The University of Chicago, which is already planning to build a quantum internet, has launched a programme to fund quantum technology start-ups.
The new venture, called Duality, wants to help up to 10 quantum start-ups a year to grow their businesses in the Chicago area. It has allocated a minimum $20 million investment over the next 10 years, and has already started accepting applications.
Vanessa Chan (pictured), director of the Office of Technology Transitions at the US Department of Energy, which last year announced plans to build a “virtually unhackable” national quantum internet with the University of Chicago, said: “Duality fills a key need in educating quantum entrepreneurs and promoting investment in development of these technologies.”
She added: “Attracting funding is essential in a field that has the potential to radically change technology development itself. Through the launch of Duality, Chicago is showing the world that it has the critical elements needed to incubate and launch these types of ventures.”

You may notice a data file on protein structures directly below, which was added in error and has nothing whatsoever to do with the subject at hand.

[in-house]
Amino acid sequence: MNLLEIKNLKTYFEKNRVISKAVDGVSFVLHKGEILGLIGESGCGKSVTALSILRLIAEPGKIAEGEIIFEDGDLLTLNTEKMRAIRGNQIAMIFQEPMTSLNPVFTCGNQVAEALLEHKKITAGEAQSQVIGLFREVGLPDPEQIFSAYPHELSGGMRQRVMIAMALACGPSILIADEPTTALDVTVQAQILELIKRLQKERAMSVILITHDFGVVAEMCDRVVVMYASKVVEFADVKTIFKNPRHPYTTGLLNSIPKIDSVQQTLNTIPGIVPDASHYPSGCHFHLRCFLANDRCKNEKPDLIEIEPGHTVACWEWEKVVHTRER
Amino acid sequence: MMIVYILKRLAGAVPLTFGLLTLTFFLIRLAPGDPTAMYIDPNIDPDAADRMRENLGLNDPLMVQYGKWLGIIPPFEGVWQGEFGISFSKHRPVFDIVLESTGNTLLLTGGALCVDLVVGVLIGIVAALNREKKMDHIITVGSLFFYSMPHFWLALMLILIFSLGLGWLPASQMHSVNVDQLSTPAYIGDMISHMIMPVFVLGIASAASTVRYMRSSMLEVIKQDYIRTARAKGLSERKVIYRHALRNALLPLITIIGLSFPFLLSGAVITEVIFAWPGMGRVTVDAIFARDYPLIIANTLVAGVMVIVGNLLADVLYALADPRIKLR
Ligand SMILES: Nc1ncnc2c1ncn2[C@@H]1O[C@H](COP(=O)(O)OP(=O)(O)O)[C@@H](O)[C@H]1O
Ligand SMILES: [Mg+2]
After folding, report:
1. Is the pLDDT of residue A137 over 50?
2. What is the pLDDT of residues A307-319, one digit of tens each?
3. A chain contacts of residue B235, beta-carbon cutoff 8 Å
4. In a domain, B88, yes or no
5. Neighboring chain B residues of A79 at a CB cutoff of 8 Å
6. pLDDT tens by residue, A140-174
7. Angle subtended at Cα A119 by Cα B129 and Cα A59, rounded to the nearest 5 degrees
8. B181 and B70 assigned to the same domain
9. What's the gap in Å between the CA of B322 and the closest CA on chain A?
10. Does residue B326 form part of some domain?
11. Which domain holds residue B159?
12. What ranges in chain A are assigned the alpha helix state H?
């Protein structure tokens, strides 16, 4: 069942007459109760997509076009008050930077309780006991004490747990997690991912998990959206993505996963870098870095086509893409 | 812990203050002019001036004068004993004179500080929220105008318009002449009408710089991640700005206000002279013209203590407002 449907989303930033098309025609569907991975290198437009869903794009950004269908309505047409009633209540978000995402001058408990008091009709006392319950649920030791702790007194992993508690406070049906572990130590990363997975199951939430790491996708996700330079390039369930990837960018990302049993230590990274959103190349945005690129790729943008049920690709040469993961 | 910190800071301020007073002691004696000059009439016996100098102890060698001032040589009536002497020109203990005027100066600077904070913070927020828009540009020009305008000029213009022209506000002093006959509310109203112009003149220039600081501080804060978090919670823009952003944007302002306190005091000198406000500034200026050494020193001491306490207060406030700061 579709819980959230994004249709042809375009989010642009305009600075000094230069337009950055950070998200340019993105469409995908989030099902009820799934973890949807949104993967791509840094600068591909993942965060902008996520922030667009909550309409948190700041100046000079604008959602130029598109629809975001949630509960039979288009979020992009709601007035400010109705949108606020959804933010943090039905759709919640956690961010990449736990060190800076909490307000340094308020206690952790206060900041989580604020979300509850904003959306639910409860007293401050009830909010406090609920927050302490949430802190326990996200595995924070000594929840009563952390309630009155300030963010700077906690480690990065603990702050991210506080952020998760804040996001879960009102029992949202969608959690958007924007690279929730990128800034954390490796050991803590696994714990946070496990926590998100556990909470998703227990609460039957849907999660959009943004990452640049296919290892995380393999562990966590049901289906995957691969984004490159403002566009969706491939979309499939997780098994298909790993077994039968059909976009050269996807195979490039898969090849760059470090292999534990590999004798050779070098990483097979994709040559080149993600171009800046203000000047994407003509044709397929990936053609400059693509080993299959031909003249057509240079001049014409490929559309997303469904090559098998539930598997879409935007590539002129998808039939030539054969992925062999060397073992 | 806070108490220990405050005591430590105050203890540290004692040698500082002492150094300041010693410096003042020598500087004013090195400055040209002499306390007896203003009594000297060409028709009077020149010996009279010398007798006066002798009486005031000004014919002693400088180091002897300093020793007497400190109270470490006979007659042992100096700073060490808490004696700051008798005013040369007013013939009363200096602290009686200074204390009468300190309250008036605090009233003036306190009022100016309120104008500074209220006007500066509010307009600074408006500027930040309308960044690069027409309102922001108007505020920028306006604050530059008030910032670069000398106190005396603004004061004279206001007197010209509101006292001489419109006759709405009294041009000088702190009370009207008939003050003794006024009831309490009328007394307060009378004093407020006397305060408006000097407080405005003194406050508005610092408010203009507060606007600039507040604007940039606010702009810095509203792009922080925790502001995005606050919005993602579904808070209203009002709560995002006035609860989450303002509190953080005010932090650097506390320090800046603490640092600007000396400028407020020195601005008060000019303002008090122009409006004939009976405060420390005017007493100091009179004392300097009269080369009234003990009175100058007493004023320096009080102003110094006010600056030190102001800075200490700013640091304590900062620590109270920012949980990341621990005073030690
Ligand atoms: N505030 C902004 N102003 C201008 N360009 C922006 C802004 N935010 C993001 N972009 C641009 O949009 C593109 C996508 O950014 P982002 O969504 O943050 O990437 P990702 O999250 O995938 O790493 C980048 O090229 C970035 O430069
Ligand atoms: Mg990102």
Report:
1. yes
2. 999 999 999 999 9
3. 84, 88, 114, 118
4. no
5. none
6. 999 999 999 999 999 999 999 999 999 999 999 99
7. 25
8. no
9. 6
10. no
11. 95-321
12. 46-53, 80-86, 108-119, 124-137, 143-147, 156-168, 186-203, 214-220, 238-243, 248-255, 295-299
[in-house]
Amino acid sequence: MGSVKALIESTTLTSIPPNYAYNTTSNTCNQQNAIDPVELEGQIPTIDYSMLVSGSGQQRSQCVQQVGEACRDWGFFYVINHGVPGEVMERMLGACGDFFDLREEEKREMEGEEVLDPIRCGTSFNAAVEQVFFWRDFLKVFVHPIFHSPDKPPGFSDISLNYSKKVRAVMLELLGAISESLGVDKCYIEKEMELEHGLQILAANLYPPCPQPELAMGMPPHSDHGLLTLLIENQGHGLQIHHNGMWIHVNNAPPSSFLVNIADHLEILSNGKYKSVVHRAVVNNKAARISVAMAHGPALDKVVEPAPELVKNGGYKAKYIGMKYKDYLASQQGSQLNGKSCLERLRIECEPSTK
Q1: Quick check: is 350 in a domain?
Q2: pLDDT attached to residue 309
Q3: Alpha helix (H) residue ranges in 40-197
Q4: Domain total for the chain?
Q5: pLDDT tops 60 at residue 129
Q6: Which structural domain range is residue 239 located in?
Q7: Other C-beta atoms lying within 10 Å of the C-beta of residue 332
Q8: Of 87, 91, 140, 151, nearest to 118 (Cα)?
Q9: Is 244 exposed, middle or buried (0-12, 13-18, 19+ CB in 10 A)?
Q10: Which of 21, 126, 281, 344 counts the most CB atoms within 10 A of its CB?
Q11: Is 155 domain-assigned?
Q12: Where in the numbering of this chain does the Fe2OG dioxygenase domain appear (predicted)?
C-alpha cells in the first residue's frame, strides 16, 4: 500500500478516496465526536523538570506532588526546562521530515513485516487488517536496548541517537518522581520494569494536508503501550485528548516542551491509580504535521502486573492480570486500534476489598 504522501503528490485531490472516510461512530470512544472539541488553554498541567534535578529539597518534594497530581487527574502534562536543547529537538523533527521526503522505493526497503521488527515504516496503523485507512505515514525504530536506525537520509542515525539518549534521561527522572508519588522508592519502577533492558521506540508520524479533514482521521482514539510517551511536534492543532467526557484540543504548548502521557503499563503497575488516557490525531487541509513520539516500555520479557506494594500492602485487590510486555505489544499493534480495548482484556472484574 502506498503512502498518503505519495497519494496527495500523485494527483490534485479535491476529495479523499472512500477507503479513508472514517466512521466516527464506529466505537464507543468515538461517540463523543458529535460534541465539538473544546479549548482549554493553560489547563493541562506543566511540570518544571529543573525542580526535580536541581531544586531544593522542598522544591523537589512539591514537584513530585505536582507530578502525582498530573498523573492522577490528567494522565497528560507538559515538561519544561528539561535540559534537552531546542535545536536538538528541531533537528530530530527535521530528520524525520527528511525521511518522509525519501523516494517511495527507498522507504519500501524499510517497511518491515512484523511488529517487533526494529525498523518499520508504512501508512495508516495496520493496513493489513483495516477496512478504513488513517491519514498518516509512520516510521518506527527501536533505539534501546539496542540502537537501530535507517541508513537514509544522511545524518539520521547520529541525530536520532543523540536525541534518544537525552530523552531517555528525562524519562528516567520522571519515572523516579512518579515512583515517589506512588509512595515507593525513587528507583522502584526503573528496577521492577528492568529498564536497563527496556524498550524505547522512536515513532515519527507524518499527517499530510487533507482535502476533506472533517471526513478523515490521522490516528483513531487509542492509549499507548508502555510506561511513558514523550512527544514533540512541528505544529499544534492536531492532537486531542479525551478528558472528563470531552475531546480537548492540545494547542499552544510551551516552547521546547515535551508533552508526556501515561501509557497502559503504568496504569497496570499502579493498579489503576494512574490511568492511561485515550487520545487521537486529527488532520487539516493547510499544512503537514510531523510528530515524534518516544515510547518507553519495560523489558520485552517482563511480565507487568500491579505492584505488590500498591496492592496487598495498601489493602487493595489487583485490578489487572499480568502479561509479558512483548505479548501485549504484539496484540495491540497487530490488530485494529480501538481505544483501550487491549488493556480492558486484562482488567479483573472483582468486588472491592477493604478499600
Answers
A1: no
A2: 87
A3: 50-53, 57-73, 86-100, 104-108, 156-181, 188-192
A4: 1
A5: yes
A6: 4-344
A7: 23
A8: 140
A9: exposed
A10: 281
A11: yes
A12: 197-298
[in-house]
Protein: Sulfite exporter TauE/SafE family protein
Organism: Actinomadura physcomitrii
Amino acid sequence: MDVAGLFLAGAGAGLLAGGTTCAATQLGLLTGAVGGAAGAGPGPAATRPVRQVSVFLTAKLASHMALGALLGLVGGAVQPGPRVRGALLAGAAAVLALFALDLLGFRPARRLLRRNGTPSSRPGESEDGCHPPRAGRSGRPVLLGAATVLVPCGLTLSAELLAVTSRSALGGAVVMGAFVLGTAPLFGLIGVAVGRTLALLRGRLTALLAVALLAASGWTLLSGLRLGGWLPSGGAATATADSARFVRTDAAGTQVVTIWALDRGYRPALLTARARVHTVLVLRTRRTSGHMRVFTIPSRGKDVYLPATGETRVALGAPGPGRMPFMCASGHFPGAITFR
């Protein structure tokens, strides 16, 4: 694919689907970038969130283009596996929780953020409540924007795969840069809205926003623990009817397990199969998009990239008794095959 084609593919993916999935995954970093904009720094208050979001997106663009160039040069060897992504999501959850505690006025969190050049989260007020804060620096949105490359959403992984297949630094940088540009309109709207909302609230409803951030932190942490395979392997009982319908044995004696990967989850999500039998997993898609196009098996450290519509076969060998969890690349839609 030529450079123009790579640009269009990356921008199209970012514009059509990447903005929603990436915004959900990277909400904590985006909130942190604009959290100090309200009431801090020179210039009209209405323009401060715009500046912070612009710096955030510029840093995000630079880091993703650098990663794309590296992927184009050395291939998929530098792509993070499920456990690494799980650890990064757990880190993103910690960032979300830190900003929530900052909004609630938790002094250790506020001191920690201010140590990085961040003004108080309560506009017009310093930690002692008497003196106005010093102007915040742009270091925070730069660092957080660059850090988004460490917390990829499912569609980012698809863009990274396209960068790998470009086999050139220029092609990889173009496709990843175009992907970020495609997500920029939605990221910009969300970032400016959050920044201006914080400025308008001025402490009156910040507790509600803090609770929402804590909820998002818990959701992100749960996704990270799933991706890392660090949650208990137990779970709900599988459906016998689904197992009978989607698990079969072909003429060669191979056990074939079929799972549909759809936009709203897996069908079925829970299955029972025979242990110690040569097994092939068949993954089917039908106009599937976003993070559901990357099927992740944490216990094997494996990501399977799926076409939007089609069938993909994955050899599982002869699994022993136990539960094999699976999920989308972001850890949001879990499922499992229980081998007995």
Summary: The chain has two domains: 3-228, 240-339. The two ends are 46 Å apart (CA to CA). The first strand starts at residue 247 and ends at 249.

Duality’s purpose is to help quantum start-ups bridge the gap between the laboratory and the marketplace that is a critical barrier to success for emerging technologies.
The Department of Energy and the US National Science Foundation have already put three of the eight federally funded quantum information science research centres and institutes in the Chicago area.
Robert J Zimmer, president of the University of Chicago, said: “This programme leverages the unique strengths of the University of Chicago and our partners to convene industry, researchers and venture capitalists to realize the potential of quantum science while simultaneously providing mutual benefit to the research and academic mission of the University of Chicago.”
Juan de Pablo, vice president for national laboratories, science strategy, innovation and global initiatives at the University of Chicago, said: “The combined efforts of the partners in the Duality accelerator, along with our expanding global reach, will further elevate the scientific footprint of Illinois and the larger region.”
David Awschalom, molecular engineering professor at the University of Chicago and a director of the Chicago Quantum Exchange, said: “Quantum technology has the potential to revolutionise our everyday lives — from enabling secure communications to developing ultra-precise sensors that can help detect and treat disease.